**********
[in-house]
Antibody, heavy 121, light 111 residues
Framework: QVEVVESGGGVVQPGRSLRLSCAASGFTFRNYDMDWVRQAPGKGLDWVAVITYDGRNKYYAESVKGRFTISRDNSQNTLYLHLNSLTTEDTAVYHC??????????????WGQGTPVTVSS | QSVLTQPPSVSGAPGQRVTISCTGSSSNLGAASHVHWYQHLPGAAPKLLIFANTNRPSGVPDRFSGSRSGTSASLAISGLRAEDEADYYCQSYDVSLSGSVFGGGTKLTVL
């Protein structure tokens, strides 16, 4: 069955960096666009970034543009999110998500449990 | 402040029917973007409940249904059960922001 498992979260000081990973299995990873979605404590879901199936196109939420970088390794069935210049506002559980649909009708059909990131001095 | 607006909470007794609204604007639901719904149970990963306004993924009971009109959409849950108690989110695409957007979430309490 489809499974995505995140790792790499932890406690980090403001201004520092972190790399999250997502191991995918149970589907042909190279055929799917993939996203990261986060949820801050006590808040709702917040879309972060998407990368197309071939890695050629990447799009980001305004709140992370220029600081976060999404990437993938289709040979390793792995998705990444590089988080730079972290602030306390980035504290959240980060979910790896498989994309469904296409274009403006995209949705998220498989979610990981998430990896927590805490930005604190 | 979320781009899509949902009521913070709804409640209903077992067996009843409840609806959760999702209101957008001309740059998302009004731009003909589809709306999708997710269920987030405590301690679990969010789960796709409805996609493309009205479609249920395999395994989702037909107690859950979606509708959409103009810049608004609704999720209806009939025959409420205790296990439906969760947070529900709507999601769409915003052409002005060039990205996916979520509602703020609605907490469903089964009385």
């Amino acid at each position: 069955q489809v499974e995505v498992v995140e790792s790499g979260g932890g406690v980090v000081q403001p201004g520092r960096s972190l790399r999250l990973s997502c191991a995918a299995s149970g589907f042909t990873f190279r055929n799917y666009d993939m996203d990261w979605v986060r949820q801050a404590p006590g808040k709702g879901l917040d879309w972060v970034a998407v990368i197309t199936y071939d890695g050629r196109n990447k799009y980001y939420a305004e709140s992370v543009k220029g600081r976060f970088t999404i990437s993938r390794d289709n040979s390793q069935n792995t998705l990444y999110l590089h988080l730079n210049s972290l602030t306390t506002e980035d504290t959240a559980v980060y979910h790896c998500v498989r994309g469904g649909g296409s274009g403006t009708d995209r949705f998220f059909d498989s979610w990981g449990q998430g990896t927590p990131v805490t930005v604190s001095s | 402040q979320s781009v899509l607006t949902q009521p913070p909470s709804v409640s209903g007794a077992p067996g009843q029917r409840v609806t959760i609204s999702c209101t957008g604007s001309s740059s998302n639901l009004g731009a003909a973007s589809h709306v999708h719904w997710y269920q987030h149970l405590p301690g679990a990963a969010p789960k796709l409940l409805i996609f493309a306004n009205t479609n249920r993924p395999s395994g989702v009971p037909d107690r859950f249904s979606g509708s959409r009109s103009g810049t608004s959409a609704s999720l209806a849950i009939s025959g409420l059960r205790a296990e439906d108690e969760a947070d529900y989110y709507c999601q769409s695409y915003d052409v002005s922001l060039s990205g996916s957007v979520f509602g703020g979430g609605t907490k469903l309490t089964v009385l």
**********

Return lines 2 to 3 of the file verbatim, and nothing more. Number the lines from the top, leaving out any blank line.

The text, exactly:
Antibody, heavy 121, light 111 residues
Framework: QVEVVESGGGVVQPGRSLRLSCAASGFTFRNYDMDWVRQAPGKGLDWVAVITYDGRNKYYAESVKGRFTISRDNSQNTLYLHLNSLTTEDTAVYHC??????????????WGQGTPVTVSS | QSVLTQPPSVSGAPGQRVTISCTGSSSNLGAASHVHWYQHLPGAAPKLLIFANTNRPSGVPDRFSGSRSGTSASLAISGLRAEDEADYYCQSYDVSLSGSVFGGGTKLTVL